Lauren in Sunshine 2

I promised the second “our trip” installment for today, but it’s not going to happen.  Too many other tasks yesterday:  the new model did show up, so that engaged half the day (great potential and first glance suggests some fine photos resulted); fifteen print orders received late in December needed to be processed; and we went to see one of the best movies of 2010 yesterday afternoon (more about which below).

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Worthy Words Department

In the wake of Wikileaks and its multitudinous disclosures of classified documents, Congress is considering revision of the U.S. espionage laws in ways that would seek to punish those who republish such material.  That’s a dangerous step, and one that will probably fall afoul of the First Amendment.  Better that Congress think twice about what some extremists propose, and that’s the thesis of a NY Times Op-Ed by Geoffrey Stone, a professor at University of Chicago Law School who began teaching my last year at that school, “A Clear Danger to Free Speech“:

Although this proposed law may be constitutional as applied to government employees who unlawfully leak such material to people who are unauthorized to receive it, it would plainly violate the First Amendment to punish anyone who might publish or otherwise circulate the information after it has been leaked. At the very least, the act must be expressly limited to situations in which the spread of the classified information poses a clear and imminent danger of grave harm to the nation.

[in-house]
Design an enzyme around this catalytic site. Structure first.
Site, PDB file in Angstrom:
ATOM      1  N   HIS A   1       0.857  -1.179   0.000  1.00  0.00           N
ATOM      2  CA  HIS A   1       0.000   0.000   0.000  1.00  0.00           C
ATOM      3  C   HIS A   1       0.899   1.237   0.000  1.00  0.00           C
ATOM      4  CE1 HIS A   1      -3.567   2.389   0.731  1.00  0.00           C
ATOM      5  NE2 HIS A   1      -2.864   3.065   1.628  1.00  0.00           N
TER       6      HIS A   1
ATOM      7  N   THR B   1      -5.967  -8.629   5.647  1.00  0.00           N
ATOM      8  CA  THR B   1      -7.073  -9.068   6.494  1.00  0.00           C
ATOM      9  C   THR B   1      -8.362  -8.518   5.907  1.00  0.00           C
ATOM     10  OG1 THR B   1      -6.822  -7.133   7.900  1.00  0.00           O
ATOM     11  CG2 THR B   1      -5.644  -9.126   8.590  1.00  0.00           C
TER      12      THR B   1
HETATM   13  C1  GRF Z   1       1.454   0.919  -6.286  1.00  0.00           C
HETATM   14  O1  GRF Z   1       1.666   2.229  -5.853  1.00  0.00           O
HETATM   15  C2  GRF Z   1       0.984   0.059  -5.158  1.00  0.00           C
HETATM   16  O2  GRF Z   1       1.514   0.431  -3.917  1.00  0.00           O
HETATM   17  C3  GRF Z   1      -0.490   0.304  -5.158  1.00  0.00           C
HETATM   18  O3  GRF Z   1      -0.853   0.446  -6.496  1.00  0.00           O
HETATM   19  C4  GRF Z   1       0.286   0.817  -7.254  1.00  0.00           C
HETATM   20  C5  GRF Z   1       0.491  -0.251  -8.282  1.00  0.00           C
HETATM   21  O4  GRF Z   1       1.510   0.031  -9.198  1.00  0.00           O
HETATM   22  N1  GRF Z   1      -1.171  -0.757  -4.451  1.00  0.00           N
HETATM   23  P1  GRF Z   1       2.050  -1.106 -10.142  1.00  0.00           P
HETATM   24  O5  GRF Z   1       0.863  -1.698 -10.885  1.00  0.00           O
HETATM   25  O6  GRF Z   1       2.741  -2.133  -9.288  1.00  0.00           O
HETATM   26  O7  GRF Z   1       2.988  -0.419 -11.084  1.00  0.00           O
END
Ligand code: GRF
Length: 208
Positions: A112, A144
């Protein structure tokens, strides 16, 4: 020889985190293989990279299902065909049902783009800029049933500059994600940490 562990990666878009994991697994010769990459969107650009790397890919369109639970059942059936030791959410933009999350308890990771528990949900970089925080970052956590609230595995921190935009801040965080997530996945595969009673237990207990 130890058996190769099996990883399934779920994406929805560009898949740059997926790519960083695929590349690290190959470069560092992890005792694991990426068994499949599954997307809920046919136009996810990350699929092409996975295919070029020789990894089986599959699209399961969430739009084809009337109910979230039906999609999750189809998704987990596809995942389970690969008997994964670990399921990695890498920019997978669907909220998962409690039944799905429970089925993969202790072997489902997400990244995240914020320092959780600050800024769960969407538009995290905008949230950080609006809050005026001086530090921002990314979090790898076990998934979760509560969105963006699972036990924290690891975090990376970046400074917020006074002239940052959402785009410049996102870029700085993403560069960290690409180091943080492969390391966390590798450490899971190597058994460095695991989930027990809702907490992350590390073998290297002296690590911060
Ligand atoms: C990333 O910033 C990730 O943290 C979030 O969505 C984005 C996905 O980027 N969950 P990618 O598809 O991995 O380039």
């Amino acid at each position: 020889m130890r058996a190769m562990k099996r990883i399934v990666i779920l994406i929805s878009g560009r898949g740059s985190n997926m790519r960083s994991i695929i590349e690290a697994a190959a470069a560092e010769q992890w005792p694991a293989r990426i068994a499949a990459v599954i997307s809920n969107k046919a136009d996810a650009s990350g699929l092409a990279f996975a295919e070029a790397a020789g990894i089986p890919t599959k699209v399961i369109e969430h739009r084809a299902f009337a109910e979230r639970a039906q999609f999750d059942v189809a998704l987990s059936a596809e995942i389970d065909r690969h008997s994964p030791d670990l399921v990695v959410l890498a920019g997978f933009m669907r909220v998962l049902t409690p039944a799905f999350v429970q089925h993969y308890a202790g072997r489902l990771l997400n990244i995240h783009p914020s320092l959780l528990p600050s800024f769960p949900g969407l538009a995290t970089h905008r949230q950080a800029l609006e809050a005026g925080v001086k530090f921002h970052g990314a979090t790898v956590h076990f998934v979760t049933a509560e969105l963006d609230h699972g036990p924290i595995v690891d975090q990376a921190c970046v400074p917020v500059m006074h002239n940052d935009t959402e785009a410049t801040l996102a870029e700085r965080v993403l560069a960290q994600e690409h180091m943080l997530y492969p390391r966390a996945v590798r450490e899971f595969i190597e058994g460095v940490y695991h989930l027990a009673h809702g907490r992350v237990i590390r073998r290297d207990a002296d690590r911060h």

Well worth reading.

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Double Entendre Department

You must see the movie to understand why The King’s Speech is a double entendre.  We saw it yesterday, and clearly it is one of the principal Golden Globes and Oscar contenders for the year.  Colin Firth is certainly an accomplished and gifted actor, perhaps one of the best, and his is a masterful portrayal of King George VI.  I love movies about British royalty — its the Anglophile in me — even though the institution is outdated and quite undemocratic.  Rather an internal contradiction in me.  After The Queen, this is one of the best of recent installments.

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War on Photography Department

Carlos Miller’s useful summary of 2010′s “war on photography” events.  I’ve discussed many of these on this blog before, but there are some new ones here as well.

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A bright day at Louisville Swamp.

This entry was posted in Civil Liberties, Movies & TV, Uncategorized, War on Photography and tagged . Bookmark the permalink.

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